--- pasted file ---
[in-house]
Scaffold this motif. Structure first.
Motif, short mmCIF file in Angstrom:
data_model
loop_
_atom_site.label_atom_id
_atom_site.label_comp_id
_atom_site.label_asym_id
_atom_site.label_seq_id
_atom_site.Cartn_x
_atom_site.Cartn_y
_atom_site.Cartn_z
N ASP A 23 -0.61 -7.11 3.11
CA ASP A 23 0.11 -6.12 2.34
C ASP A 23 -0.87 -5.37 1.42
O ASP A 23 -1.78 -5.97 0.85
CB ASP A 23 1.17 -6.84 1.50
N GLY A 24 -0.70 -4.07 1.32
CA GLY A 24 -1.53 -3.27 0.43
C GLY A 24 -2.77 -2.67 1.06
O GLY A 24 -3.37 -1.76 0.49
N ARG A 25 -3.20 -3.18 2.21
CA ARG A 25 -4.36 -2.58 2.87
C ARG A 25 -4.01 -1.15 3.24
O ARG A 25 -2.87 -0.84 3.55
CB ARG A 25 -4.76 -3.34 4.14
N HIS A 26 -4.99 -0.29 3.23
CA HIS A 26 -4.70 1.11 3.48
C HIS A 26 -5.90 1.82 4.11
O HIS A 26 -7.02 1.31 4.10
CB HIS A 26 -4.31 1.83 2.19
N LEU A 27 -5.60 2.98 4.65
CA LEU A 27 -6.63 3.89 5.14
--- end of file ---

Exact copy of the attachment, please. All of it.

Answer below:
[in-house]
Scaffold this motif. Structure first.
Motif, short mmCIF file in Angstrom:
data_model
loop_
_atom_site.label_atom_id
_atom_site.label_comp_id
_atom_site.label_asym_id
_atom_site.label_seq_id
_atom_site.Cartn_x
_atom_site.Cartn_y
_atom_site.Cartn_z
N ASP A 23 -0.61 -7.11 3.11
CA ASP A 23 0.11 -6.12 2.34
C ASP A 23 -0.87 -5.37 1.42
O ASP A 23 -1.78 -5.97 0.85
CB ASP A 23 1.17 -6.84 1.50
N GLY A 24 -0.70 -4.07 1.32
CA GLY A 24 -1.53 -3.27 0.43
C GLY A 24 -2.77 -2.67 1.06
O GLY A 24 -3.37 -1.76 0.49
N ARG A 25 -3.20 -3.18 2.21
CA ARG A 25 -4.36 -2.58 2.87
C ARG A 25 -4.01 -1.15 3.24
O ARG A 25 -2.87 -0.84 3.55
CB ARG A 25 -4.76 -3.34 4.14
N HIS A 26 -4.99 -0.29 3.23
CA HIS A 26 -4.70 1.11 3.48
C HIS A 26 -5.90 1.82 4.11
O HIS A 26 -7.02 1.31 4.10
CB HIS A 26 -4.31 1.83 2.19
N LEU A 27 -5.60 2.98 4.65
CA LEU A 27 -6.63 3.89 5.14